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The ESF runs 22 schools from kindergarten to secondary level. The head of the foundation, Belinda Greer, said they would be looking at schools' curriculum to make sure teachers feel safe teaching it. Photo: SCMP/ May Tse
The head of the English Schools Foundation, Belinda Greer, said the group is looking at its secondary curriculum to ensure neutrality will be maintained and students encouraged to think critically following the implementation of the national security law. She also said the group will ensure that staff feel safe teaching in their usual way.
The law, which came into effect on June 30 and carries a penalty of up to life imprisonment, targets acts of secession, subversion, terrorism, and collusion with foreign forces. The government is also required to promote national security education in schools, which have been told to remove from libraries books that may be in breach of the law.
An Education Bureau spokeswoman did not comment on whether changes would have to be made at international schools, but said guidelines would soon be issued to schools on how they might review their curriculum and teaching under the new law.
The bureau earlier issued guidelines to all schools after the national anthem law took effect on June 12, advising them to call police if there were serious and deliberate cases of students or teachers disrespecting March of the Volunteers.
The anthem law and guidelines require teachers and students to “stand solemnly and deport themselves with dignity” while the Chinese national and Hong Kong flags are being raised and the song is being played.
In an interview with the SCMP, Greer said principals at ESF secondary schools had already been looking at the curriculum following the implementation of the new laws, while focusing on the continuity of pupils’ learning and “making sure that everybody is safe”.
But she did not elaborate on possible changes that could be made to the syllabus.
Belinda Greer, head of English Schools Foundation, acknowledges schools operate ‘within the law of the land’, but maintains students will still be encouraged to think critically. Photo: SCMP/ May Tse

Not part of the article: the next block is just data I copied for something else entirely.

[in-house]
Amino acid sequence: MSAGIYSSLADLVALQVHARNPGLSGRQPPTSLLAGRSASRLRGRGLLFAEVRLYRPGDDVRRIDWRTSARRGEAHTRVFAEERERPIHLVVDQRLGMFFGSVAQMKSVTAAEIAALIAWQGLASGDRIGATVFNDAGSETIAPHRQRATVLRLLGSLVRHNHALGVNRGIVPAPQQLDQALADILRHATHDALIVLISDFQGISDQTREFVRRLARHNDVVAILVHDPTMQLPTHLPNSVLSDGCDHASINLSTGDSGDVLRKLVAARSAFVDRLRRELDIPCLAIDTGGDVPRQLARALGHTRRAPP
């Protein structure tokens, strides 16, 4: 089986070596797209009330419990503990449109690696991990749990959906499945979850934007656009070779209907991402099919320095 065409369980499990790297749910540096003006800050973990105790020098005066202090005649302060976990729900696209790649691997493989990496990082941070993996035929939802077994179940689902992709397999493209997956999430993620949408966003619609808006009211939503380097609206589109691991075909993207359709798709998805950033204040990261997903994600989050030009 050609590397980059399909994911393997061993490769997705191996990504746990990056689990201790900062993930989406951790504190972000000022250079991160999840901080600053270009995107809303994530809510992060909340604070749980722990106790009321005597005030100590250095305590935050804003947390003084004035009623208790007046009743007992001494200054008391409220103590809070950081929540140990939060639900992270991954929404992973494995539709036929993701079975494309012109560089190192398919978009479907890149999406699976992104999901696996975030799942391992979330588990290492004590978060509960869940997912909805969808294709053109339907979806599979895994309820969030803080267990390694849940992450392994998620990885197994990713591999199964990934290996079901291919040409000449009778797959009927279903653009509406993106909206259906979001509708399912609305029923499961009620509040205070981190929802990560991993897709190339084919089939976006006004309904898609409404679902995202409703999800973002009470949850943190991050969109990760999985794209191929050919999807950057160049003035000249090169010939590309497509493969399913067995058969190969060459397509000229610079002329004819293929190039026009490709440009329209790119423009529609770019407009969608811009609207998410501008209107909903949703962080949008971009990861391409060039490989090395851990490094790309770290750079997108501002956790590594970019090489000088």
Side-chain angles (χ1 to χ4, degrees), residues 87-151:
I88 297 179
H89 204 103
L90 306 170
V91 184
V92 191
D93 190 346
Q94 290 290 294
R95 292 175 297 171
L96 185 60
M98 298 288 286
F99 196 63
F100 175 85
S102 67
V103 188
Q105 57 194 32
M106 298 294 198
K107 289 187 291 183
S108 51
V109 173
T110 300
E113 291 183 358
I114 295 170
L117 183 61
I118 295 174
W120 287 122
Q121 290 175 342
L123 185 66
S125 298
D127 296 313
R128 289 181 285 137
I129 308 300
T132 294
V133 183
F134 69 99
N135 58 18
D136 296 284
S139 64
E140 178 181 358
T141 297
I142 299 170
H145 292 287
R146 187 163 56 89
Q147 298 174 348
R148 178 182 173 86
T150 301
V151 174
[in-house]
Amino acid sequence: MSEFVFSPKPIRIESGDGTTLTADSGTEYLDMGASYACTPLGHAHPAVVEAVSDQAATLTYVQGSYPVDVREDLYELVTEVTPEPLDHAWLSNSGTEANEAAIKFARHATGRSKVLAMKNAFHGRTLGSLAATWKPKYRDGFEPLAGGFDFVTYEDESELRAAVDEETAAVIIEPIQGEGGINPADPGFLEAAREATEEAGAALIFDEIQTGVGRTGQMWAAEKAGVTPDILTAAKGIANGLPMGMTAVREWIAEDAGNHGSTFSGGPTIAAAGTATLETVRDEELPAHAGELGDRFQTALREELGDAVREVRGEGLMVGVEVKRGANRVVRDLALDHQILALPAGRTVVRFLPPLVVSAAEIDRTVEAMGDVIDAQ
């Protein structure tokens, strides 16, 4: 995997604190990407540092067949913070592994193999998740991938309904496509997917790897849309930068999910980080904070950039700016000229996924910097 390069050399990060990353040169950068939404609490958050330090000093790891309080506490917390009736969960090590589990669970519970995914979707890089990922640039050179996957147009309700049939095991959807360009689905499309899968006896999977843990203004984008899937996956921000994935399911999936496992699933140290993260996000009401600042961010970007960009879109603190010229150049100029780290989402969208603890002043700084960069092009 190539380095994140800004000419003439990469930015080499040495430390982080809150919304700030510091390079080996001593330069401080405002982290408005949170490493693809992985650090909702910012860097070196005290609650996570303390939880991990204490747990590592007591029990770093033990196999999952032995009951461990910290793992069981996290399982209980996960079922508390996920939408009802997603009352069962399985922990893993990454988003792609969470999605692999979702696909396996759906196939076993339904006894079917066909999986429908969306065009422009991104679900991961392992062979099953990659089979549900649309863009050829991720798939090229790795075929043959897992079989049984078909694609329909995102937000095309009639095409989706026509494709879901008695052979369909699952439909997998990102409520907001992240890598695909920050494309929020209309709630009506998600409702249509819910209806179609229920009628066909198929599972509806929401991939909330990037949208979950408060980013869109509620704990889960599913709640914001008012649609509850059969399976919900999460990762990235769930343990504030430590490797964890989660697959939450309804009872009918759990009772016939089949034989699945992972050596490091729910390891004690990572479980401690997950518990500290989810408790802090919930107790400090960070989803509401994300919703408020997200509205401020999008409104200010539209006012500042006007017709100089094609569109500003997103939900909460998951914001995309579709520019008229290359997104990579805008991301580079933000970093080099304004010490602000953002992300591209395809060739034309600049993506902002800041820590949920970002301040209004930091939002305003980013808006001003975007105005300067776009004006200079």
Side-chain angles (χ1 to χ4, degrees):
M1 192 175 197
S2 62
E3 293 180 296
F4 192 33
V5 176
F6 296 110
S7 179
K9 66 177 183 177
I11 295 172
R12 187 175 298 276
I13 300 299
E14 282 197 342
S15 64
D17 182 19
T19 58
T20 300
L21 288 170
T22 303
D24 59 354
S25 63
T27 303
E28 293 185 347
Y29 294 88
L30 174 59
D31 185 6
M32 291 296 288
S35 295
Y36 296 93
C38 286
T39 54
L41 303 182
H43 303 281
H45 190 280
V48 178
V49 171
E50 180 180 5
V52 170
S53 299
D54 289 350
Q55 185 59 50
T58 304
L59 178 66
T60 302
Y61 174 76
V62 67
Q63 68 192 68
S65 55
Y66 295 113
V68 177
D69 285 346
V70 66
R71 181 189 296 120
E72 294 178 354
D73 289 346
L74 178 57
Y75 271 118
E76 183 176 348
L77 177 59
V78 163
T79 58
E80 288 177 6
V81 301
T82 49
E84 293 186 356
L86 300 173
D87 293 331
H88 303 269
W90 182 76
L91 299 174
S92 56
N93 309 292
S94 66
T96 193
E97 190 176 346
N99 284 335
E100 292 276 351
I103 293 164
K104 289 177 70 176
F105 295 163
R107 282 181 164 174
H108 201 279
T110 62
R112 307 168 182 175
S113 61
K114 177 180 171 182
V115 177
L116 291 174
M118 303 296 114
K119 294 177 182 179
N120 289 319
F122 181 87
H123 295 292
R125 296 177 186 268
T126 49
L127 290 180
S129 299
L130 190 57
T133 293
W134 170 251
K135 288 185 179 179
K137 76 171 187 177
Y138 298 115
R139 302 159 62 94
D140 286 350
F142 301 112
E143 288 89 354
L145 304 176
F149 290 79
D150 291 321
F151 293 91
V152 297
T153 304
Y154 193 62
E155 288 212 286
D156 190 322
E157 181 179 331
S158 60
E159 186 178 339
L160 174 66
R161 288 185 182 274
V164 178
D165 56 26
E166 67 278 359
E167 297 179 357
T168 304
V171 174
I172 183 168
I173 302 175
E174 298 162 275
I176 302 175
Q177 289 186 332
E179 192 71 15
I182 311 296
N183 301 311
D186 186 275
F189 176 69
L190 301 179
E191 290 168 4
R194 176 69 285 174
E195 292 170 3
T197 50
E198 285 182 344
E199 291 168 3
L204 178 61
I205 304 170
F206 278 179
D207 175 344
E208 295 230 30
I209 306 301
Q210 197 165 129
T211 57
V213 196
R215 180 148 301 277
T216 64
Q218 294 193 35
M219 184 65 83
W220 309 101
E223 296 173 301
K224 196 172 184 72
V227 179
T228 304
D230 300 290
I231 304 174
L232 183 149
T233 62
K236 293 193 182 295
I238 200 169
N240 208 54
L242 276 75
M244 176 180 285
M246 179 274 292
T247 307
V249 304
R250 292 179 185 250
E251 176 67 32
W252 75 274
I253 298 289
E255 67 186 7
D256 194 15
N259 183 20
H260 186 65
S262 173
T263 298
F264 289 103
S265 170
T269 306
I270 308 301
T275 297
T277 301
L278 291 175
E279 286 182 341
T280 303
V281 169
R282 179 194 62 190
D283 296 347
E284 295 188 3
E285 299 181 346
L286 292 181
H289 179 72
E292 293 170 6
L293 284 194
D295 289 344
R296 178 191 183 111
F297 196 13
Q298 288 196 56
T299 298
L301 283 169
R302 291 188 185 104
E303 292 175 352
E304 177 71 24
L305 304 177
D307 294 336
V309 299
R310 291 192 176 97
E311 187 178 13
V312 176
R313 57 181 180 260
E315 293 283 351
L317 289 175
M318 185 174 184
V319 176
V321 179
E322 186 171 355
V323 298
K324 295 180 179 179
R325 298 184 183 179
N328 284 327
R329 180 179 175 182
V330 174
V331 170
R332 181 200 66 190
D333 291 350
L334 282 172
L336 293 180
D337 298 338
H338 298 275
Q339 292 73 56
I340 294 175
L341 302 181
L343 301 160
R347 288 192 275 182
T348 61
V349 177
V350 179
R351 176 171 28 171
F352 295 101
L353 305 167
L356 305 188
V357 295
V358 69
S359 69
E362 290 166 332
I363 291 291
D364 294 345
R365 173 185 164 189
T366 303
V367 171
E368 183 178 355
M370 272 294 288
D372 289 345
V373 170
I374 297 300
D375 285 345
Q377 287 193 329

“ESF works within the law of the land. Yes, we are aware obviously that we have two new laws. Our focus is very much on the students’ learning,” Greer said.
“We are looking at our senior curriculum to see other areas where students themselves would be raising that, so we can support the teachers. Because we want to make sure that teachers feel safe and [are] able to work in the way that they always do.”
But, she added, “at this point in time, there has been no change of our practices, and our curriculum continues as it is”.
Greer said students should continue to think critically and “have a voice” in classrooms.
“Students are encouraged to have critical thoughts and to engage and talk about life and the things that they see, and the things that they face,” she said.
“Particularly, older students need to know that there are these laws, and it will be handled in such a way that the ESF will not take or make this political in any sense.”
Asked whether the new security law could restrict academic freedom and classroom discussions, Greer said: “What we are seeing is that it is not impacting on us at this point of time. The stance and position that the ESF takes is one of neutrality.”
She added that the ESF had not seen an increased number of expat teachers leaving “at this point in time”.
A student leader at one ESF secondary school, however, said some of her peers were “very worried” that discussions on sensitive issues could be restricted on campus under the national security law. She said topics such as remembrance of the Tiananmen Square crackdown in 1989 had been touched on during some lessons, such as history.
“We are taught to question if something is right the minute someone tells us something is right. But with the national security law, maybe there will be less of that,” said the 16-year-old, who asked to remain anonymous.
But one parent with three children at secondary level said he believed sensitive discussions could still take place as long as teachers were “trained and prepared”.
“Children are like pieces of white paper, they have a lot of questions. There are certain things that have to be answered in a very certain way, in order to keep the response enough for them to understand, but not necessarily come to a judgment,” he said.
“Because this is not an age for them to come to a judgment. They should be adults and grown-up enough, and then they should decide that themselves.”